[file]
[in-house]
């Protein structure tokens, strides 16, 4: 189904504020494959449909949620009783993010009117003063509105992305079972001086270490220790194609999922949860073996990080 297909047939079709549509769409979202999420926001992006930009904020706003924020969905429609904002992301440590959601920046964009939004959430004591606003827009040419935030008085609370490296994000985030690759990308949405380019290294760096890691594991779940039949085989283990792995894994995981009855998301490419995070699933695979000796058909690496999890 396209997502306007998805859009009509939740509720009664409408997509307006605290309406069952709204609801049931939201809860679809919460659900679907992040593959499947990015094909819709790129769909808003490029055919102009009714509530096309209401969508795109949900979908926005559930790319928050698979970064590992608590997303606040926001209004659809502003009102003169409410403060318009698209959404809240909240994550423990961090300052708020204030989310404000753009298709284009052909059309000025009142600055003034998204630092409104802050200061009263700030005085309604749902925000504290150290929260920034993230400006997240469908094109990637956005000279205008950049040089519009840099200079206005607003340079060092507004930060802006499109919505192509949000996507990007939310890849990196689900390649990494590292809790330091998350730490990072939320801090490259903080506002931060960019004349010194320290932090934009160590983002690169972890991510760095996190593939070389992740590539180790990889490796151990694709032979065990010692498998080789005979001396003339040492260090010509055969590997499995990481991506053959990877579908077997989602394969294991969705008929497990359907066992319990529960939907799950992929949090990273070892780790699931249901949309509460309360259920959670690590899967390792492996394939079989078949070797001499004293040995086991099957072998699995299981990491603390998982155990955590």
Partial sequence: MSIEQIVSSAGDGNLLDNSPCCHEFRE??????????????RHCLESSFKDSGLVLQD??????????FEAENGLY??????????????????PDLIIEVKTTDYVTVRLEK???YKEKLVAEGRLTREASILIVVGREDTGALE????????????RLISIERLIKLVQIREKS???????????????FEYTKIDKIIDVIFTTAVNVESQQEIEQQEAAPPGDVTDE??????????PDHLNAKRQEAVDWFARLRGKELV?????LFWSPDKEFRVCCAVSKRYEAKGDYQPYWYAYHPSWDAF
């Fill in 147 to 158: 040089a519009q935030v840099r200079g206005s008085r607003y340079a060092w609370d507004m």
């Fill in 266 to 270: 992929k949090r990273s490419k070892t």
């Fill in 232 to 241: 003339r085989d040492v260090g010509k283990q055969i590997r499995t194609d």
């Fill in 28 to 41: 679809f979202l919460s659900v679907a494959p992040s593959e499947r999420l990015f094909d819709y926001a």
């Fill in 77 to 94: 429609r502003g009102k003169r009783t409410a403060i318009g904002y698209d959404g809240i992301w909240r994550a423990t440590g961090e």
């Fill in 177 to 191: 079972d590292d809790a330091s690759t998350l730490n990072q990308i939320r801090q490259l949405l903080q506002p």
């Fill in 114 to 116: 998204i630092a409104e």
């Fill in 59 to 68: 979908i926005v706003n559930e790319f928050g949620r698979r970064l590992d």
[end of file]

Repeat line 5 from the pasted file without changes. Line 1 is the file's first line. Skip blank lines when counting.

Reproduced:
């Fill in 266 to 270: 992929k949090r990273s490419k070892t």